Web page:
The Condemned

... or, "Had To Be Done, People." They gathered in the town square at noon.

The sun, towering at its apex, offered no shade. Dust that had baked in the heat for years crunched under their footsteps, as a bone-dry wind threw swirls of it onto their shoes. All eye contact was accidental, and swiftly averted. No one wanted to admit to each other why they had come, because to do so would mean admitting it to themselves. And they wanted to postpone that particular truth as long as possible. Moments played out among the crowd, unseen in plain sight. Here, a woman dabbed at her brow with a handkerchief given by her late fiancé. There, a man sipped courage from a worn, smudged flask, an act he no longer bothered to hide. When the last of them reached the square, stillness fell, as if they would be allowed to abandon their task and go home, if only they remained perfectly silent. Overhead, vultures started to become curious. The mayor stood on an upturned crate. "Come on, people. Let's get this over with." He ushered them past the bench beside him, where they took turns choosing from the stack of red. "They're all the same, people. Doesn't matter which one you take." One by one they hefted them, feeling the edges, running their hands over the pits and scars, brushing off the dirt. Then they surrounded their mark. None harbored any illusion about turning away now. The line had already been crossed, and they knew it. So they drew back their arms, took a breath.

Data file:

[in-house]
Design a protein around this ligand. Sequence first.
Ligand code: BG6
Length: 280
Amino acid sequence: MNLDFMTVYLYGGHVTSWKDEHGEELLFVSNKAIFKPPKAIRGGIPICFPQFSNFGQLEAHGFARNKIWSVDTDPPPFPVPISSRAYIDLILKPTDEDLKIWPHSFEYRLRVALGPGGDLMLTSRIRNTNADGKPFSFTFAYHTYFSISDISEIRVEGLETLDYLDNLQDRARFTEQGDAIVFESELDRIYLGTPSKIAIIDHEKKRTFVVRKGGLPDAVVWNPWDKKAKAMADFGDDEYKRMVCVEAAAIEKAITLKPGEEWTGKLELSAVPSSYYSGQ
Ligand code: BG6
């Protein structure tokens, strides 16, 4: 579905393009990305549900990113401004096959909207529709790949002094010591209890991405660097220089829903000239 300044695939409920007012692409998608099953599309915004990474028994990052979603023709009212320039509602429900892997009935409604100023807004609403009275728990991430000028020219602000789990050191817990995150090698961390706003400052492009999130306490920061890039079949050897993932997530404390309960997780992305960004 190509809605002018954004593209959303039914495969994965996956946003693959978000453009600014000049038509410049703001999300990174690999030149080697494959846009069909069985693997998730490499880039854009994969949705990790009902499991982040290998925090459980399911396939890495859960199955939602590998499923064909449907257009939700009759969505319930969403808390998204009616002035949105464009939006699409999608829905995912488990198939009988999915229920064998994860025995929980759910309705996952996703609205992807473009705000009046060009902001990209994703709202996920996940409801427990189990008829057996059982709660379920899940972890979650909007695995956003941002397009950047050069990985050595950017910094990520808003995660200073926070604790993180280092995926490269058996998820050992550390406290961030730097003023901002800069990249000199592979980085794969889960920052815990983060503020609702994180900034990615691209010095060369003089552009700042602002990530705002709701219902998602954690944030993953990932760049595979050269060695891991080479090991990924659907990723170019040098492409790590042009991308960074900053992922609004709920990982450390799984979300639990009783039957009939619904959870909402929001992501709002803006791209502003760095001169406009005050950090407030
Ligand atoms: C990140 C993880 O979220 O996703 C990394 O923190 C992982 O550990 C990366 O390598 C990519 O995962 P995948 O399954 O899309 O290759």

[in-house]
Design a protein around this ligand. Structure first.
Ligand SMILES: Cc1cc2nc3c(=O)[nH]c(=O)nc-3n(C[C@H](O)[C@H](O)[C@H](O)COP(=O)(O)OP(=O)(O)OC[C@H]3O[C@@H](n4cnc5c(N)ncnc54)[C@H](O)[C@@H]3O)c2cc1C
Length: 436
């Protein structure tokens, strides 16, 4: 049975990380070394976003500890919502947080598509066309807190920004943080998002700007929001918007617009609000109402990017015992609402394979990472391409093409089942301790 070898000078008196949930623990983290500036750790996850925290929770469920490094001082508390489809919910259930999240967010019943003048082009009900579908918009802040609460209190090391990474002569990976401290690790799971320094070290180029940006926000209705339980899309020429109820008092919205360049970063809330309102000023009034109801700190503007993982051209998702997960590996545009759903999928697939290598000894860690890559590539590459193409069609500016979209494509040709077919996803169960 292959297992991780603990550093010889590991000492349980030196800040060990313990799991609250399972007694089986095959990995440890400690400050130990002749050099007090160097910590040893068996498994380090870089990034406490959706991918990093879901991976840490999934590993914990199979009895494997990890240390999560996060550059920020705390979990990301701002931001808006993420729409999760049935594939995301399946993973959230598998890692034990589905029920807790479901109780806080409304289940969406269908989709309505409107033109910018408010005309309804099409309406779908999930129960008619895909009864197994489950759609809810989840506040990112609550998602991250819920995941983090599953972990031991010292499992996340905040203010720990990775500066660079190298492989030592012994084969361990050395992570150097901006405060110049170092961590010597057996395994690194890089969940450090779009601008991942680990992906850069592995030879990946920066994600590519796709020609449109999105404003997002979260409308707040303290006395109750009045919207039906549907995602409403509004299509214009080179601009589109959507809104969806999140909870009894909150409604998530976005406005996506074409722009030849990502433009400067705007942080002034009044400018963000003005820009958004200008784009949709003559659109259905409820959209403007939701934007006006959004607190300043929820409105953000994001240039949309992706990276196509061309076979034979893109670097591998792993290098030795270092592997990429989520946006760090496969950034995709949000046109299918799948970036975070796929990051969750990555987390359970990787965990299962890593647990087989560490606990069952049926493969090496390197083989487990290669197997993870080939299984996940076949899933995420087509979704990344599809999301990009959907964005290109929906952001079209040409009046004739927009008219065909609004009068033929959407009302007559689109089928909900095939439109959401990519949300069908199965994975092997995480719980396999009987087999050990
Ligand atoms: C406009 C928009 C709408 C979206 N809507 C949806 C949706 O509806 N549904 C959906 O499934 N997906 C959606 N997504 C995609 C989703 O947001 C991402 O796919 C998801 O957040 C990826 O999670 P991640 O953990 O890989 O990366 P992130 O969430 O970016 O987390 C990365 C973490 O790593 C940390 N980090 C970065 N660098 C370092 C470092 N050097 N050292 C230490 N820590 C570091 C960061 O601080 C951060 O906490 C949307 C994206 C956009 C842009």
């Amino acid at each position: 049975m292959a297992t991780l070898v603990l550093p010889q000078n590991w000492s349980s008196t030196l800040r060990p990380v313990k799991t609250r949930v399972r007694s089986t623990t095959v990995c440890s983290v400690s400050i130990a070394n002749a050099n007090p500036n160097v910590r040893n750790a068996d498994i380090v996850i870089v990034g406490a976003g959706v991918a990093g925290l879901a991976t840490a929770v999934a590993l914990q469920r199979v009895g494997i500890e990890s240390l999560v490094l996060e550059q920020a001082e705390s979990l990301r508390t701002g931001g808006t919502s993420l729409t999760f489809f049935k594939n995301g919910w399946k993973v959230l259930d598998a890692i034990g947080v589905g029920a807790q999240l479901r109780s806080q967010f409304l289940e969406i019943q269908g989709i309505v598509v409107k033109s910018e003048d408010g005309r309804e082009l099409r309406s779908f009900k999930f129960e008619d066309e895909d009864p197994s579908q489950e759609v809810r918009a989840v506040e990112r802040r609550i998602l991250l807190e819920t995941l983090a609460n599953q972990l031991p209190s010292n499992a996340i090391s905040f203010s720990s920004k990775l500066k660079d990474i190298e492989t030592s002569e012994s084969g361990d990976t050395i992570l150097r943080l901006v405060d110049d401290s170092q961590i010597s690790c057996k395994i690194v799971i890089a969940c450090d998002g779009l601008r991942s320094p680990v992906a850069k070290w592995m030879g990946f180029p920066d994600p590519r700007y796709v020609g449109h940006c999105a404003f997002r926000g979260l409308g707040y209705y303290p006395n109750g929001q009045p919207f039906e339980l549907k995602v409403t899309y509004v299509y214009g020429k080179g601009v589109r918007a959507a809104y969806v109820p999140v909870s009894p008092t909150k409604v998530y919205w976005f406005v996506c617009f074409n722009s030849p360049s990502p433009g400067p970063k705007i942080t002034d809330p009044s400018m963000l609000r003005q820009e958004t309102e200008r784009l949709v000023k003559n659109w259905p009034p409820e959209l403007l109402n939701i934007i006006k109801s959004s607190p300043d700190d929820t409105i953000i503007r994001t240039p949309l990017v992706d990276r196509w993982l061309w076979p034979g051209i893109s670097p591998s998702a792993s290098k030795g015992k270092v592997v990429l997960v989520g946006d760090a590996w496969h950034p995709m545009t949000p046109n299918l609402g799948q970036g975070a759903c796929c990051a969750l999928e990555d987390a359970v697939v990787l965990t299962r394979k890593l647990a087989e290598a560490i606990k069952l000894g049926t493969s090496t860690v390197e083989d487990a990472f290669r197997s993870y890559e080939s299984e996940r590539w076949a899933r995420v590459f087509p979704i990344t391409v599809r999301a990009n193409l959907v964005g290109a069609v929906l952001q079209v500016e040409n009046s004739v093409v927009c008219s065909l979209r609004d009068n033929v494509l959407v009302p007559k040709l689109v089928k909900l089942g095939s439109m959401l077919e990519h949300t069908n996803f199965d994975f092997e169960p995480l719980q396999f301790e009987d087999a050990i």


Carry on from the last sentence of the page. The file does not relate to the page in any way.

And threw bricks at the person who invented the "Reply to All" function.

Their work finished, they began drifting back to their lives. A voice in the crowd spoke, "Holy shit-faced Mary that felt good."